Local location: Stancombe Quarry, Flax Bourton (Working limestone quarry)

Cross section of Baryte vein -Stancombe Quarry
Picture credits Richard Kefford
Larger pictures can be seen here

Paragenesis #1 - Bilbao supergene type
During the Late Triassic, iron rich saline oxidising water leached through the rift basins formed during the early Permian (~290 Ma) to the late Jurassic (~150 Ma).

Paragenesis #2 - Mississippi Valley Type ( MVT )
In the Mendip – Bristol vein field, baryte has been deposited by hydrothermal fluids in tension cracks and fissures in the Carboniferous Limestone. The primary minerals in these fissures are Galena and Sphalerite. Gangue minerals such as Baryte and Calcite occur in banded formations where the veins pinch out. This is known as the Mississippi Valley Type (MVT) and took place during the Middle Jurassic (~170Ma).

Baryte with associated galena and calcite - Stancombe Quarry

By far the greatest use of this mineral ~80%, is for the production of drilling mud for use in oil exploration. The main reason for this is that it is very heavy and so helps to prevent blow outs in the drilling stage of the exploitation of an oil reservoir. It is also chemically inert. The specification for drilling mud includes a requirement that the specific gravity should be 4.2 or greater.

Non drilling applications of barytes are comparatively small, although still important because of their higher value. High purity grades of barytes with fine and controlled particles sizes are used as fillers in marine and industrial paints, in brake lining/ friction materials and in plastics. A specialised use of barytes based on its high density and ability to absorb radiation, is as an aggregate in dense concrete for shielding applications in the nuclear industry and hospital radiation departments.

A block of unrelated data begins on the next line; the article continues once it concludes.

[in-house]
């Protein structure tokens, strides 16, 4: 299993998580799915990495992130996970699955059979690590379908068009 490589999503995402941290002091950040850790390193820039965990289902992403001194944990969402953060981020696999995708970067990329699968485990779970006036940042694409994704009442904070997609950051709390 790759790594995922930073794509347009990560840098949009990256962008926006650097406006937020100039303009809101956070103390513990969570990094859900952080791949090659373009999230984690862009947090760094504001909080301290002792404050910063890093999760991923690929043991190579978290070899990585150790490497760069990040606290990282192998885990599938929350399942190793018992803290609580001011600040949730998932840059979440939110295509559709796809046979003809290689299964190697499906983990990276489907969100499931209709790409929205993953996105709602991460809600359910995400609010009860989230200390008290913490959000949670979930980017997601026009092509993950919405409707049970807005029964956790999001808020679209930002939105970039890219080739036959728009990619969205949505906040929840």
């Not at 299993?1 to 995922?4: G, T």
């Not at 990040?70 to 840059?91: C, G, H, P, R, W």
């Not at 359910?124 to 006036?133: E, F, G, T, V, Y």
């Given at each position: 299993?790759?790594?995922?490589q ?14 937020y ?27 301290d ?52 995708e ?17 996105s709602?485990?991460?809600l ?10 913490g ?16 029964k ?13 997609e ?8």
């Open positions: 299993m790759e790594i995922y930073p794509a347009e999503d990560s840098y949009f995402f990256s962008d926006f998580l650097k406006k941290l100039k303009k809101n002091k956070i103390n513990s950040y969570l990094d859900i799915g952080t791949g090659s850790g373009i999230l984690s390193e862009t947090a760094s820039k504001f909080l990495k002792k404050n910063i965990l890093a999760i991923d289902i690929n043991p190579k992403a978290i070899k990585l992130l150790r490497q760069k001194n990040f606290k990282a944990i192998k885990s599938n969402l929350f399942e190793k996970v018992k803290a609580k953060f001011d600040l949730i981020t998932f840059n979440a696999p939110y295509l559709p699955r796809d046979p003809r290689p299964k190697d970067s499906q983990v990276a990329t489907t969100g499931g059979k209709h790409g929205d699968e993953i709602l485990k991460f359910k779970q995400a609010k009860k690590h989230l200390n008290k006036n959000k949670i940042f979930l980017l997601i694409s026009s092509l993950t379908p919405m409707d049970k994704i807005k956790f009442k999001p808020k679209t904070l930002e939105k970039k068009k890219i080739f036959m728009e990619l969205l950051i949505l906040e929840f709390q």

Bladed rosettes of Baryte on associated red ochre
Sample found by Leon Sparrow at Winford

Barytes is produced in England and Scotland. In England it is now only produced as a by product of fluorspar mining and processing. In Scotland, barytes is extracted as the sole mineral from the Foss Mine near Aberfeldy. 

Richard Kefford


Chidlaw, N. (2012) Metamorphism and Mineralisation in the Bristol - Mendip area

Tuesday, 5 February 2013

Geo-gardening at Trendlewood Quarry, Nailsea

Geo-gardening - Sunday 3rd February 2013

On Sunday 3rd February 2013 a Joint Gardening Force (JGF) from Friends of Trendlewood Park (FoTP) and Avon RIGS Group descended on Trendlewood Quarry in Nailsea and proceeded to spend a few hours clearing ivy and other encroaching vegetation from the lower parts of the quarry face in three areas.

Before worked started. Photo credits: Richard Kefford. More photos at
These three areas were selected to demonstrate the differing bedding types – from varves to massive -  in this Pennant Sandstone of the Downend Formation and the differing types of deposition – point bars and channel deposits.

Geo-gardeners at work

This is the first part of the implementation of the quarry management plan that was agreed at a site meeting between N Somerset Council, Friends of Trendlewood Park and Avon RIGS Group. The second part which will be carried out by the N Somerset Green Team will consist of clearing the upper levels of the face and removing a few selected trees that are in danger of falling and have extended their roots into the joints and fissures rock close to the face and so are damaging the exposure.

Meeting one of the site natives

See here for details of the geology of this site and its location.

A cleared area on one face
Richard Kefford

Monday, 4 February 2013

Earth Heritage magazine

Earth Heritage magazine - free download

Earth Heritage is a magazine produced twice yearly to stimulate interest in geodiversity and a broad range of geological and landscape conservation issues within the UK and further afield. It is produced by Natural England, Scottish Natural Heritage, Countryside Council for Wales and the Geologists' Association. 
You can download the latest issue for free here